Paul Kneale

Used Aura, 2017

Inkjet on Canvas

200 x 140 cm


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Artwork
Description

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Though they guise as abstract works, Paul Kneale’s paintings are a scanner’s own rendering of light and space. Kneale’s method involves using cheap, readily available scanners in order to make ‘empty’ copies: nothing is placed above the transparent copy panel. The ensuing outcomes are the mediations of the appliances he uses: they are what the scanner ‘sees’. For Kneale, each scanner he uses contains its own idiosyncrasies: effects will always be different.

As a means of interpretation, Kneale highlights how the scanner has the ability to register light at wavelengths the human eye cannot, such as the flicker of neon fixtures overhead. Kneale generates composite effects through overlaying quick low- resolution scans with slow high-resolution ones; by re-scanning, Kneale harnesses the aesthetic produced by the scanner’s inability to recognise certain colours and shapes.

In this work, the interweaving and marbling forms are the result of acetone which has been scanned; the effect drawing parallels between digital configurations and that of naturally occurring material.

About
the artist

Born in 1986 in Canada, Paul Kneale received his MFA from the Slade School of Fine Art (London) in 2011 and has been working closely with ARTUNER since early 2015.

His latest works are currently on show in the Contemporary Photography Forum exhibition of the Boca Raton Museum. In the past year, his works have been featured in the Moscow International Biennale for Young Art, the Rubell Family Collection and at the prestigious Thetis Gardens in the Arsenale Novissimo (Venice), in a group exhibition on view during La Biennale di Venezia 57°. He lives and works in Toronto.

Paul Kneale is interested in how the world is constantly translated into a digital language which simplifies, trivialises and depersonalises content and the people it addresses. The artist explores the way in which digital facets of our existence can be manifested and reimagined in the flesh of the physical object.

The artist has been manipulating cheap scanners to generate a unique way of painting. Rather than capturing an image, the scanner creates an impression of the ambient light within the artist’s studio, bearing the abstract visual trace of the atmosphere surrounding the machine. The process is integral to his new works: the scanner paintings are built up from unique impressions and display multiple layers and striations often between transparent sheets and the colours resulting from varying light conditions in the artist’s studio.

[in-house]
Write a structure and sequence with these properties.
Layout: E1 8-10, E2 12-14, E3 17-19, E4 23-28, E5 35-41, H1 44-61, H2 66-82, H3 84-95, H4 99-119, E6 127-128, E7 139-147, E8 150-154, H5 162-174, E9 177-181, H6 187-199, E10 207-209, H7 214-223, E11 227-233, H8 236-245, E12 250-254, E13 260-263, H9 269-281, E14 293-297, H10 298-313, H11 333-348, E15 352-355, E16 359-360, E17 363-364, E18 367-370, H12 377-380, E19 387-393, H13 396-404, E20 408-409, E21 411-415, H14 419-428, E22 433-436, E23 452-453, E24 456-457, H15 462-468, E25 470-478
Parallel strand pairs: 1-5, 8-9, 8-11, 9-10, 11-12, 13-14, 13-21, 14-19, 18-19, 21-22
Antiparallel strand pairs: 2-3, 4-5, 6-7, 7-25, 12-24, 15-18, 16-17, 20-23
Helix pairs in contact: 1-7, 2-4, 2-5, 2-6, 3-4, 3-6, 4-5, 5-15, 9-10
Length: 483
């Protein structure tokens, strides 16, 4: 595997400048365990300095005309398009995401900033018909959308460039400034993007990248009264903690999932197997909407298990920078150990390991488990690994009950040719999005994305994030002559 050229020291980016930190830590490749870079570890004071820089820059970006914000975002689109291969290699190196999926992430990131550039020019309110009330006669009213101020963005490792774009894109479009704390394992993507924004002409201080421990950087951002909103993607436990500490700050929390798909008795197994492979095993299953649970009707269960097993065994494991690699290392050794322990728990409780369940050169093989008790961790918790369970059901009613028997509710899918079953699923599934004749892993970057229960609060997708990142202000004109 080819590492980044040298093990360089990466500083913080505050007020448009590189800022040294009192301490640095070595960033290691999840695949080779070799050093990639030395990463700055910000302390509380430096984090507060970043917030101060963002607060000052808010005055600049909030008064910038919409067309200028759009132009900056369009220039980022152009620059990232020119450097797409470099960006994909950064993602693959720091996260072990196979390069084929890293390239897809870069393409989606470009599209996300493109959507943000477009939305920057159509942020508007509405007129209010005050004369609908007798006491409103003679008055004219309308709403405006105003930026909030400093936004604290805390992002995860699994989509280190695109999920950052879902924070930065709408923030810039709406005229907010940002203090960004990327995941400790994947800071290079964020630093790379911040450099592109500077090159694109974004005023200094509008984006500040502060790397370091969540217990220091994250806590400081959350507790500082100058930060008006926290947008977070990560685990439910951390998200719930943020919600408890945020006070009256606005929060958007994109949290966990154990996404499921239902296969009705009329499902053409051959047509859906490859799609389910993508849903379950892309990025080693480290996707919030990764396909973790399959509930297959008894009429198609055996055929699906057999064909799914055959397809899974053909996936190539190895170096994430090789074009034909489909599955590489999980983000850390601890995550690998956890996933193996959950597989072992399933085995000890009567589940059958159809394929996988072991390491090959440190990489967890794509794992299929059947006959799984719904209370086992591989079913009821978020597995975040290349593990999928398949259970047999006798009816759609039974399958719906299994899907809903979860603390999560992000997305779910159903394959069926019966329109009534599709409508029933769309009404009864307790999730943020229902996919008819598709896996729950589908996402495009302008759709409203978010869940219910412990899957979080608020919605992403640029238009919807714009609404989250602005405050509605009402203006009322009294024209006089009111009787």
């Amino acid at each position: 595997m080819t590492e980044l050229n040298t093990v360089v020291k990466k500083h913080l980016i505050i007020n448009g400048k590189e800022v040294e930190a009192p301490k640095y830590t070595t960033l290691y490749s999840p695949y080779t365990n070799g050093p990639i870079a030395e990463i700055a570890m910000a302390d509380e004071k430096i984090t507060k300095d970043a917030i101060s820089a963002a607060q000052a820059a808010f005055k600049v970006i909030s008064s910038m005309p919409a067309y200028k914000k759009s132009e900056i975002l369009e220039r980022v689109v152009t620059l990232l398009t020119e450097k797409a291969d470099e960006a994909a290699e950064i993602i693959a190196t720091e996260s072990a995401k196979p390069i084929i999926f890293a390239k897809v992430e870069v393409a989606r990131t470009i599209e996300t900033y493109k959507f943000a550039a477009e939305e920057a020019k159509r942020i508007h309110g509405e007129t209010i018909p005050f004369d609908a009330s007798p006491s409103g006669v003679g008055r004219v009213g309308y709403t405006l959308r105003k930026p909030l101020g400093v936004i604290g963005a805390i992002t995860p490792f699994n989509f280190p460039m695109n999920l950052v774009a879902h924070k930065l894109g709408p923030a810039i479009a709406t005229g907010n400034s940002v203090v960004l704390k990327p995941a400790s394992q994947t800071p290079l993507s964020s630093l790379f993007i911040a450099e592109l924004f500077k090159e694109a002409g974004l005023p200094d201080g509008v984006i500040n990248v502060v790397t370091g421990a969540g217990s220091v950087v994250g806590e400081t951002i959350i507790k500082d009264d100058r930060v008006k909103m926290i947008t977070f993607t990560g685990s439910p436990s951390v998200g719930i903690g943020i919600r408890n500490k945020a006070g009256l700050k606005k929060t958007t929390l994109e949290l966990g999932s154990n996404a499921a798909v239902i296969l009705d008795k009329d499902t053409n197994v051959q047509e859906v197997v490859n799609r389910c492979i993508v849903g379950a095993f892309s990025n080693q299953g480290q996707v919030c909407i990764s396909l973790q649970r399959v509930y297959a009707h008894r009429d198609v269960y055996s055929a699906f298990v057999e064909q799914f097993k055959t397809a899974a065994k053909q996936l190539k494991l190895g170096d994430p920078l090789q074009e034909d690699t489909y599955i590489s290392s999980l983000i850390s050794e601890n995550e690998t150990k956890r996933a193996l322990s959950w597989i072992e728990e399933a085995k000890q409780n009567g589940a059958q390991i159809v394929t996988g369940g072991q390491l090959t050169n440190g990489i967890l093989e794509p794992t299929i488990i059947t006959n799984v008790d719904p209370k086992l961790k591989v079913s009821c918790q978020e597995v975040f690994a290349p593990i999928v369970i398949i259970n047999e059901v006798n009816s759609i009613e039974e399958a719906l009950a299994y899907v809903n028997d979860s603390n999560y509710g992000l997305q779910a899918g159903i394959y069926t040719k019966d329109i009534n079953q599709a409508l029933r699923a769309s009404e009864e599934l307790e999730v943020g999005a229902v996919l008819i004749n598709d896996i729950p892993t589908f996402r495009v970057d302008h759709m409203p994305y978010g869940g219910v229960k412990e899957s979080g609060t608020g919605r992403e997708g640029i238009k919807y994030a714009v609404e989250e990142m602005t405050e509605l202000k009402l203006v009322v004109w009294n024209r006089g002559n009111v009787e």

The contrast between machines and their serial products results in what Paul Kneale defines as the “new abject”. In response to Julia Kristeva’s 1980 text ‘Powers of Horror: An Essay on Abjection’, the artist identifies a “new abject” for the information technology.

Describing today’s inherent revulsion for brand new materials, he pinpoints a disorientation in the consciousness of time and location, caused by our immaterial inhabitation of new technologies. This sentiment is embodied in works which often address, in original and innovative ways and media, the simultaneity and layering occurring in our ever-linked virtual existences.

Kneale, in an interview with i-D, defines the Internet as ‘a whole way of being in the world’. His practice aims at investigating the role of art in this new enigmatic dimension. Paul Kneale is an artist that explores the possible physical manifestations of the digital. His oeuvre reflects on the implications of algorithms and information flux. While these may seem very abstract entities, they constitute and shape our domestic daily environment.

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Kneale is interested in how the world is constantly translated into a digital language which simplifies, trivialises and depersonalises content and the people it addresses. The artist explores the way in which digital facets of our existence can be manifested and reimagined in the flesh of the physical object.

 


Paul Kneale
on Artuner

Part of the
exhibition

February 28th, 2017 until
April 15th, 2017
Curated by ARTUNER